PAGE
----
The garden is also a great place for goldfinches, finches and sparrows — 15 sparrow species have been found in the garden. Red-masked Parakeets — San Francisco’s “Wild Parrots of Telegraph Hill” — visit the garden on a regular basis. They have nested at Fort Mason, and in the fall, they particularly like eating the apples on the tree on the north side of the garden. During migration, there can be a wide variety of species passing through the garden. If you’re lucky, you’ll find something unusual like a Vesper Sparrow or a Blackpoll Warbler.

While the garden is a special place, birders who only go there miss out on a lot of what Fort Mason has to offer. North of the garden you’ll find the San Francisco Fisherman’s Wharf Hostel, and behind that, the Black Point Battery. The trees in and around the Battery attract flycatchers, warblers and tanagers during migration. I’ve seen as many as 15 Western Tanagers in one tree. This is also where I saw my first Black-Throated Blue Warbler for California.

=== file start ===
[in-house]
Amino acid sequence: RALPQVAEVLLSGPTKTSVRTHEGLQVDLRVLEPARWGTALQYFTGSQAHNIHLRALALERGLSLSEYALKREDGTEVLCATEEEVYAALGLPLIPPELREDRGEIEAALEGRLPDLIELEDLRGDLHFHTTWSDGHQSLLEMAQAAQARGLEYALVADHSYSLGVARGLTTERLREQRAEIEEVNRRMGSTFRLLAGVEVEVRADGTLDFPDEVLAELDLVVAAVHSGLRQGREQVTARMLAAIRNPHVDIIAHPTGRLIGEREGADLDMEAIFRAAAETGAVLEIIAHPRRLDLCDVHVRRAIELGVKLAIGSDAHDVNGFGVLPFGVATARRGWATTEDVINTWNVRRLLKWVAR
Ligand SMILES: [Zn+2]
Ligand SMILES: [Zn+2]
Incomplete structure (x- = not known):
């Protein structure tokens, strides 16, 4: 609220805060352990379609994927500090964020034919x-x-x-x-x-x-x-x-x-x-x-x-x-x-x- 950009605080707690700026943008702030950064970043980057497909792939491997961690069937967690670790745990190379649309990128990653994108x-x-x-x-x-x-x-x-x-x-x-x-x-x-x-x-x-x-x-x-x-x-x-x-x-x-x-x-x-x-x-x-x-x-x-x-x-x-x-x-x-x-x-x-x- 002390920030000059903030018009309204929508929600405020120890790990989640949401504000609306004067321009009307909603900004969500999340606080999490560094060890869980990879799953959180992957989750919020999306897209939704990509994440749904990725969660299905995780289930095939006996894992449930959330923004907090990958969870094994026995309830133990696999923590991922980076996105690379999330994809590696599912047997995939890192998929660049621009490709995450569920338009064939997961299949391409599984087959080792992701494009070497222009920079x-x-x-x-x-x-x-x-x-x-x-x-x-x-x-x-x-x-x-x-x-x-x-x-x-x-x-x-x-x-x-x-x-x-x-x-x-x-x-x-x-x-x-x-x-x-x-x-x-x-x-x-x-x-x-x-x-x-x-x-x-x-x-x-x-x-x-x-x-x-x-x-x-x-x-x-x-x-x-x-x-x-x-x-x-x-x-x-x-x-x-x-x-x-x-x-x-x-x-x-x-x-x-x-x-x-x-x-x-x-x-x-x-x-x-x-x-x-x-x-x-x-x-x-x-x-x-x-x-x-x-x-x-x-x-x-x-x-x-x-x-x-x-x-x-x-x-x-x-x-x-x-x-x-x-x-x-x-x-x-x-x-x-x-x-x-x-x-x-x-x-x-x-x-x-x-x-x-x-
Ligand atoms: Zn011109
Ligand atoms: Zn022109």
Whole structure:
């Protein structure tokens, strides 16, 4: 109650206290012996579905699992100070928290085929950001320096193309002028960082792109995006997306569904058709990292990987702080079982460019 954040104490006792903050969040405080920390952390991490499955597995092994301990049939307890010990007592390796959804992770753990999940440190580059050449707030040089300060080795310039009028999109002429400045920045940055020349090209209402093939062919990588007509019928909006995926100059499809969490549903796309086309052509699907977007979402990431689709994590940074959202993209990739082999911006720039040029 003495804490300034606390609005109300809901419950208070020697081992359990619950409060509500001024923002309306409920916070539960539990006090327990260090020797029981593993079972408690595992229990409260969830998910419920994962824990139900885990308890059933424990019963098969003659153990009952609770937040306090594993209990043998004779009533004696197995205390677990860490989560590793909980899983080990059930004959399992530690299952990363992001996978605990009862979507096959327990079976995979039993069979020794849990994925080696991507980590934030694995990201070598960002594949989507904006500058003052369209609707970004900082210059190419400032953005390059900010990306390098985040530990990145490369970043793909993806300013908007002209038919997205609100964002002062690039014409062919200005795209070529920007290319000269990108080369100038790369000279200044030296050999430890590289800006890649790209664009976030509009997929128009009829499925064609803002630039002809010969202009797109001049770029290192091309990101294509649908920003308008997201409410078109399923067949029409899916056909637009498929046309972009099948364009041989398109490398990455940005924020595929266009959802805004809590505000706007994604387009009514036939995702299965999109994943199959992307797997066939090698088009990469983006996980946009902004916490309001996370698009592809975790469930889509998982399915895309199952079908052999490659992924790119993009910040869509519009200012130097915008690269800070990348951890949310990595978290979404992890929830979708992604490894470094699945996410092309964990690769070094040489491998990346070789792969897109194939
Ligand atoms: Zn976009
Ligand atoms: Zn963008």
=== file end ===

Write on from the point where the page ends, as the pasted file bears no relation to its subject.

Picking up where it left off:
The Battery at Fort Mason / Photo by David Assmann
The Battery at Fort Mason / Photo by David Assmann
Western Tanager / Photo by David Assmann
Western Tanager / Photo by David Assmann

From the Battery, you can scope Alcatraz Island and the San Francisco Bay for water birds. Last spring, the first Northern Gannet found in the Pacific Ocean visited Alcatraz a number of times over a four month period, and was easily visible from Fort Mason. Walking down to Aquatic Park from here is highly recommended – particularly in winter, when water birds and shorebirds can be found. Aquatic Park is popular with swimmers all year, but don’t let that deter you: There are lots of birds here. At high tide during the winter, you can often find Wandering Tattlers on the abandoned pier. Last November I was surprised to find a Rhinoceros Auklet swimming just offshore.